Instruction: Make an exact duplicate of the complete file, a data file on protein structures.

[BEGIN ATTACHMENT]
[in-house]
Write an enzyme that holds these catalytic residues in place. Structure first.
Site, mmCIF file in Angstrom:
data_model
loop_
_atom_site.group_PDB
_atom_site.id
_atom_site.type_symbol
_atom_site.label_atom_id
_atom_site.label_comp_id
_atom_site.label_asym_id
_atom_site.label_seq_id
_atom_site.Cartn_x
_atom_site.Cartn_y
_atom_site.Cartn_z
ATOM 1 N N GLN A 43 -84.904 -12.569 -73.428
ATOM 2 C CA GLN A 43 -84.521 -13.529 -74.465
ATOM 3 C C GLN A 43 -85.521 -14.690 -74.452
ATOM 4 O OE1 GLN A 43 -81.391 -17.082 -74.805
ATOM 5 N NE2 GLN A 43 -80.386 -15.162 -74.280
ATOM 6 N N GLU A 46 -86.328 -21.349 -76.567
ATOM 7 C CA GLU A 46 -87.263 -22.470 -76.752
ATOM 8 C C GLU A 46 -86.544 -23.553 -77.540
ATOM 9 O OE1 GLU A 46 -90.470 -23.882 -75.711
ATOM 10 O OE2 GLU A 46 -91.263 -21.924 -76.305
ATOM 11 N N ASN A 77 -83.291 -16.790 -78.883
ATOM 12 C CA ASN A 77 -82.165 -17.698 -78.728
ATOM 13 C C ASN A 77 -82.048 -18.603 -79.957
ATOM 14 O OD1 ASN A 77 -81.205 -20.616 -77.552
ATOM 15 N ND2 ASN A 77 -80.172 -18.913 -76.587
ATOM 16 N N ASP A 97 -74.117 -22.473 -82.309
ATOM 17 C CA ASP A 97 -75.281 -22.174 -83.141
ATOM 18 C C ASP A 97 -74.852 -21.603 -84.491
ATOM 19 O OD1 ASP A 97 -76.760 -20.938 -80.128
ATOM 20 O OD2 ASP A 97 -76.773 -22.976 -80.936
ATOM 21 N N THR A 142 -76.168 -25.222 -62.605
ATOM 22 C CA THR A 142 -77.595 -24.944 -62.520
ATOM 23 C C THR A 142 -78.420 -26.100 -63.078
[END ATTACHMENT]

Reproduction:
[in-house]
Write an enzyme that holds these catalytic residues in place. Structure first.
Site, mmCIF file in Angstrom:
data_model
loop_
_atom_site.group_PDB
_atom_site.id
_atom_site.type_symbol
_atom_site.label_atom_id
_atom_site.label_comp_id
_atom_site.label_asym_id
_atom_site.label_seq_id
_atom_site.Cartn_x
_atom_site.Cartn_y
_atom_site.Cartn_z
ATOM 1 N N GLN A 43 -84.904 -12.569 -73.428
ATOM 2 C CA GLN A 43 -84.521 -13.529 -74.465
ATOM 3 C C GLN A 43 -85.521 -14.690 -74.452
ATOM 4 O OE1 GLN A 43 -81.391 -17.082 -74.805
ATOM 5 N NE2 GLN A 43 -80.386 -15.162 -74.280
ATOM 6 N N GLU A 46 -86.328 -21.349 -76.567
ATOM 7 C CA GLU A 46 -87.263 -22.470 -76.752
ATOM 8 C C GLU A 46 -86.544 -23.553 -77.540
ATOM 9 O OE1 GLU A 46 -90.470 -23.882 -75.711
ATOM 10 O OE2 GLU A 46 -91.263 -21.924 -76.305
ATOM 11 N N ASN A 77 -83.291 -16.790 -78.883
ATOM 12 C CA ASN A 77 -82.165 -17.698 -78.728
ATOM 13 C C ASN A 77 -82.048 -18.603 -79.957
ATOM 14 O OD1 ASN A 77 -81.205 -20.616 -77.552
ATOM 15 N ND2 ASN A 77 -80.172 -18.913 -76.587
ATOM 16 N N ASP A 97 -74.117 -22.473 -82.309
ATOM 17 C CA ASP A 97 -75.281 -22.174 -83.141
ATOM 18 C C ASP A 97 -74.852 -21.603 -84.491
ATOM 19 O OD1 ASP A 97 -76.760 -20.938 -80.128
ATOM 20 O OD2 ASP A 97 -76.773 -22.976 -80.936
ATOM 21 N N THR A 142 -76.168 -25.222 -62.605
ATOM 22 C CA THR A 142 -77.595 -24.944 -62.520
ATOM 23 C C THR A 142 -78.420 -26.100 -63.078